June 11 was King Kamehameha Day in Hawaii, celebrating the birthday of the king who first united the Hawaiian Islands under one rule. The day is marked by parades and ceremonies in several places, including here in North Kohala, which is where King Kamehameha was born. The past couple of years, the ceremonies didn’t take place because of Covid restrictions, so this year’s event was the first since then.
I was working on the day, but after work I stopped by to see his statue, which was draped in leis during the ceremonies. It seemed like there was even more floral decoration this year than in previous events, making for a colorful spectacle. But even more striking than the color was the wonderful aroma from the profusion of plumeria flowers in the leis.
The leis are left in place for two or three days before they’re removed. Even when I was there on the first day, some of the flowers were starting to wilt.
This week’s Sunday Stills challenge theme is ‘Images Inspired by Favorite Song Lyrics.’ See more responses here.
My final post on this theme is a photo with some history. This is the statue of King Kamehameha I in Honolulu. It’s appropriate for the old Jethro Tull song, Living in the Past. It also works for a favorite of mine, History Repeating by Propellorheads, with guest vocals by Shirley Bassey of all people! And for a final song, how about William Shatner singing(?) Has Been. I have a few William Shatner songs which feature on bad song compilations, but Has Been is actually a pretty good album in my book and speaks well to Shatner’s good humor when it comes to music.
This week’s Friendly Friday challenge theme is ‘Summer Traditions.’ See more responses here.
Some summer traditions, such as barbecues and going to the beach are year-round here, but Kamehameha Day is an event that kicks off summer, occurring as it does in mid-June. There’s a ceremony at the king’s statue in Kapaau, a parade through the community, and festivities at the local park. Many places mark the king’s birthday with similar events, but some take place on the Saturday nearest his birth date. In North Kohala, the king’s birthplace, the celebration is always on the actual date regardless of which day it falls on.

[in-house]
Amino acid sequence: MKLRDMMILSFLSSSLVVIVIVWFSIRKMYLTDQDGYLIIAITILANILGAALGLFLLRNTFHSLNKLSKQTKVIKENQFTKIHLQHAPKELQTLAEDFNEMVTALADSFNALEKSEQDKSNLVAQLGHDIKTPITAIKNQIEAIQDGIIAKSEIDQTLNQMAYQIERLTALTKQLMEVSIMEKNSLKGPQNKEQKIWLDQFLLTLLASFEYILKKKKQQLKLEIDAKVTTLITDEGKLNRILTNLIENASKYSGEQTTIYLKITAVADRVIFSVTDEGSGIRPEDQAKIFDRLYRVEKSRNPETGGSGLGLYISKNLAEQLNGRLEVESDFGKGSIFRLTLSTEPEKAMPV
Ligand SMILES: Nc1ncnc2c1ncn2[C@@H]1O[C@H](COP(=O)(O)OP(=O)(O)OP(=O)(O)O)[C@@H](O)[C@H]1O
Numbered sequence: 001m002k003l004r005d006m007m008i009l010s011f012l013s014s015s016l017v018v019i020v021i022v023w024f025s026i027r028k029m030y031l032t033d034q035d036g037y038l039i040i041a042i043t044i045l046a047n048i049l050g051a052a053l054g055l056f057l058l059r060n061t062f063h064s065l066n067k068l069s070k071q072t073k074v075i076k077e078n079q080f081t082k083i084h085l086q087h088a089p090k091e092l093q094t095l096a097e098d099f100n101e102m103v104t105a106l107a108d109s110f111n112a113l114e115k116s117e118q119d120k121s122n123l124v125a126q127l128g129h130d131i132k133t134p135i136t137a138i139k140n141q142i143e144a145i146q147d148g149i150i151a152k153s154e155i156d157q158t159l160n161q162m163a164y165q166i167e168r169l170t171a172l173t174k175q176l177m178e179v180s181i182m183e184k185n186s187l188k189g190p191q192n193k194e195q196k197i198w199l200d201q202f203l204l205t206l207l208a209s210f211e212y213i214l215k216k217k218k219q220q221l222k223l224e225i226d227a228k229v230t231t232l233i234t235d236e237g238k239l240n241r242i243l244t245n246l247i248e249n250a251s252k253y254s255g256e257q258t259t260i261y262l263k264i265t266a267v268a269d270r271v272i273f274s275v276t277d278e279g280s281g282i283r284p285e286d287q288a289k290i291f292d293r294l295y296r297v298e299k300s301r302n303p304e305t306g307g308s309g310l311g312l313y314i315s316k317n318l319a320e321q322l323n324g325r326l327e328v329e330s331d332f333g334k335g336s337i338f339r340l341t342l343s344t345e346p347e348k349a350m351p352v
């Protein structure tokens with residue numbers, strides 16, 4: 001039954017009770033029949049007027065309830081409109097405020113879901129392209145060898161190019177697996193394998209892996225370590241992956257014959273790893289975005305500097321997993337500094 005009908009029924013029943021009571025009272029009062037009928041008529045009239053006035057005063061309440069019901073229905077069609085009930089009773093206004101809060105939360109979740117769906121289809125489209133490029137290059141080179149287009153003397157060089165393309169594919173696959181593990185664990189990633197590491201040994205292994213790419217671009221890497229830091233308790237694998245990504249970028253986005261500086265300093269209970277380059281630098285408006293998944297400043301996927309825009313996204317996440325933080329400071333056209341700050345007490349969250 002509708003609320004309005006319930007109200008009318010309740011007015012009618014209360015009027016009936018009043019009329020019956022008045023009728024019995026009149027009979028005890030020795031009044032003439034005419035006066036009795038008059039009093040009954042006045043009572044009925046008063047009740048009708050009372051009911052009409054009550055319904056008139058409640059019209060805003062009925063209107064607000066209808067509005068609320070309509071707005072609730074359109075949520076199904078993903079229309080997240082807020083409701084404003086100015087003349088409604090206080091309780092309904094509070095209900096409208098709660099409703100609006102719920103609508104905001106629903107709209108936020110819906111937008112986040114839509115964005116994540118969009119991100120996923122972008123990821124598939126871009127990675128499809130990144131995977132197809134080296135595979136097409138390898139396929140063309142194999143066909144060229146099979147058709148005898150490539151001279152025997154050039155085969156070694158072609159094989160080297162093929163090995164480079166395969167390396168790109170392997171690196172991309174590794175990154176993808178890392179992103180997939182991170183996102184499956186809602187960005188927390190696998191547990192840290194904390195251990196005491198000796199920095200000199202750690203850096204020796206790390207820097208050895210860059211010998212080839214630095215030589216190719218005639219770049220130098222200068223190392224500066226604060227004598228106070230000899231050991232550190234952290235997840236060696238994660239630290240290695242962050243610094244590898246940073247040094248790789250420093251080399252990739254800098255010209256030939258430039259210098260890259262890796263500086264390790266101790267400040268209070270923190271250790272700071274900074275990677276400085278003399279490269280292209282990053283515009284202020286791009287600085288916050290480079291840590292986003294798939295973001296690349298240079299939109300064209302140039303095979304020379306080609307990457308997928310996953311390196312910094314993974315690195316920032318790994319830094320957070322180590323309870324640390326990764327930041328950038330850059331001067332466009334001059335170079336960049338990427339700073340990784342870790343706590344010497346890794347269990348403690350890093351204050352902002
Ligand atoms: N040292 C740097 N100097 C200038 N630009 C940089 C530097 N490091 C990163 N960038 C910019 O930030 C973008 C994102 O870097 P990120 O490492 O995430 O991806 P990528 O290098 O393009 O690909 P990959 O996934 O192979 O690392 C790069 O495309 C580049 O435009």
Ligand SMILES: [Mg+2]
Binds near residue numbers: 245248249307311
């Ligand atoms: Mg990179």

This year though, the celebration was one of a multitude of events cancelled because of the Covid-19 virus. These photos are from previous years’ events.
This week’s Sunday Stills challenge theme is ‘Old.’ See more offerings here.
This is the original statue of Kamehameha 1, the king who first united the Hawaiian Islands. The statue was commissioned in 1878, but was lost off the Falkland Islands. A new statue was made, but in the meantime, the original one was salvaged. The new statue was put up in Honolulu and the original shipped to Kapaau.
Not long after I took this photo, the trees in the background were badly damaged during a windstorm and had to be cut down, so this scene looks quite different today.
Today’s post is in response to this week’s Sunday Stills challenge on the theme of ‘For the Love of Reading & Books.’ See more offerings here.
The top photo shows North Kohala’s relatively new public library, which opened in 2010. The library features wind and photovoltaic energy systems as well as a rainwater catchment system. These features helped it gain LEED Gold Certification, the first state building in Hawaii to do so.
The photo below shows the Bond Memorial Library, which served the area from 1929 until the new library’s opening. This building was much smaller – 1,610 sq.-ft. as opposed to 6,000 sq.-ft. for the new building.
When the library moved from the old building to the new, more than 1,000 volunteers lined the road to move the books by hand over the mile plus distance. This echoed the story of King Kamehameha the Great who organized a human chain 20 miles long to carry rocks from Pololu Valley to build Pu’ukohola Heiau near Kawaihae, though I don’t think King Kamehameha’s rock carriers were volunteers.
Back in 2014, there were plans to convert the old Bond Memorial Library to a cultural/historical museum for the area, but nothing has happened yet and the old building still sits there, unused as far as I can tell.